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What Doctors Don't Tell You

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September 2020 (Vol. 5 Issue 6)

The truth about... lead
About the author: 
Joanna Evans

The truth about... lead image

Is this toxic metal lurking in your home? Here’s what you need to know

What is it?
Lead is a naturally occurring heavy metal found in the earth's crust. Its high density, low melting point, malleability and low cost have made it the metal of choice for numerous applications, from bullets to batteries. But it's also highly toxic, and its widespread use means it's commonly found in the environment and our homes.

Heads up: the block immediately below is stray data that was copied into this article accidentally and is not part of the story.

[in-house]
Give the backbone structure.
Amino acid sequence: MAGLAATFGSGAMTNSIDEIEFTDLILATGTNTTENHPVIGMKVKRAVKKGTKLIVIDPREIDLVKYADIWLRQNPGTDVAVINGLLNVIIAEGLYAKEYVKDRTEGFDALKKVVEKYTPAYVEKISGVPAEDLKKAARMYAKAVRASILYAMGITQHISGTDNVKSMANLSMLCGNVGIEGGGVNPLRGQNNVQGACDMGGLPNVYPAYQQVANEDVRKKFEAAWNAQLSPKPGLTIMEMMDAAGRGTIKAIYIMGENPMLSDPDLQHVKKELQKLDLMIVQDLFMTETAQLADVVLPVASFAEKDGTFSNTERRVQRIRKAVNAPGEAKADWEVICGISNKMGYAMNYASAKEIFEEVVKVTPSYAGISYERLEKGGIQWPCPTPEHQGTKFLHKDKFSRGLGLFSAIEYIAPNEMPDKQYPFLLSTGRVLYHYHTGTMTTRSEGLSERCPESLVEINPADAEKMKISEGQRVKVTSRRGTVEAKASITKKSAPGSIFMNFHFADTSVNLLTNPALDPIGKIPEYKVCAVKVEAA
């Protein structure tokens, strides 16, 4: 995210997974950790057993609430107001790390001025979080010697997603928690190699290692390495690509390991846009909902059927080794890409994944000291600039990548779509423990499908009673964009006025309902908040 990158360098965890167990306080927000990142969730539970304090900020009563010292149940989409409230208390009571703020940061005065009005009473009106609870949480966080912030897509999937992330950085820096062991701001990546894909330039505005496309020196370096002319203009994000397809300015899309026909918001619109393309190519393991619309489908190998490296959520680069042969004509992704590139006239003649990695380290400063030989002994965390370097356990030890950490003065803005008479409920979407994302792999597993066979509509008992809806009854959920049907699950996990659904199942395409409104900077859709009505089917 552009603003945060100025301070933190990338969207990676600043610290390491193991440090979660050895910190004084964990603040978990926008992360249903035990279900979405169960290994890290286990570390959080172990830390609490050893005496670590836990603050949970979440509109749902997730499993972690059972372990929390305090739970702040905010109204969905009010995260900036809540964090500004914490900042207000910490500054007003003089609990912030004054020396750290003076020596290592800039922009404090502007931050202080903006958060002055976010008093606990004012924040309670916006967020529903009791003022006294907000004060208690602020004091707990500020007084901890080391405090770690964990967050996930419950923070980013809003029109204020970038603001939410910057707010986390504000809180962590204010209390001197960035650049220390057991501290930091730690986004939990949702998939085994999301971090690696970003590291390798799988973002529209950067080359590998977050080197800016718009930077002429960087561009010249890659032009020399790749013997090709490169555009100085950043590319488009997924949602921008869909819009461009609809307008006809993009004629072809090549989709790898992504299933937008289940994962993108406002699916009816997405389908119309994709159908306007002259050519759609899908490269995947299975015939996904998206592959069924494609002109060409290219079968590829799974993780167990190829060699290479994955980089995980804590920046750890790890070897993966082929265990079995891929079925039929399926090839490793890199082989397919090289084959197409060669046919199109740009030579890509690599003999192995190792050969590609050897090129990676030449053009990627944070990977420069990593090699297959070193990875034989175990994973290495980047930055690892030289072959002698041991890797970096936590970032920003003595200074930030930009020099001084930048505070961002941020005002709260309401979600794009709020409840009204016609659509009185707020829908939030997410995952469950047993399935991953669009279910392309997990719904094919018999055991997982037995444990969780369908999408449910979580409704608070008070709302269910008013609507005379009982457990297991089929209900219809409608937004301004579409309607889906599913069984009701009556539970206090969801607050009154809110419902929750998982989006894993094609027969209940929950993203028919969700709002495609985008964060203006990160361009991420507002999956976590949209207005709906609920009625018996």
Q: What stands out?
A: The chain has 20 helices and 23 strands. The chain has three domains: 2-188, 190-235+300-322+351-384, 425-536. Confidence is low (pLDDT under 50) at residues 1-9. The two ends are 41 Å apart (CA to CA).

Where can you find it?
Although the use of lead has been phased out of many applications since the late nineteenth century, when evidence of its toxic effects first came to light, exposure to lead is still a problem—and not just for people who work with the metal. If you live in an old house, you'll probably have lead in old layers of paint or varnish (bans on lead in paint came into force in 1978 in the US and 1992 in the UK), and your water pipes might be made of lead (meaning lead will likely be in your water supply too). Painted or varnished vintage furniture, glazed ceramics, cosmetics, soil and roofing materials can also contain lead. Household dust may contain lead from a number of different sources.

What can you do about it?
All homes can potentially contain lead, whether it's from indoor or outdoor sources. According to US research, 24 million American homes contain deteriorated lead-based paint and elevated levels of contaminated house dust.6 The good news is that there's plenty you can do to make your home lead-safe. See opposite for our top tips.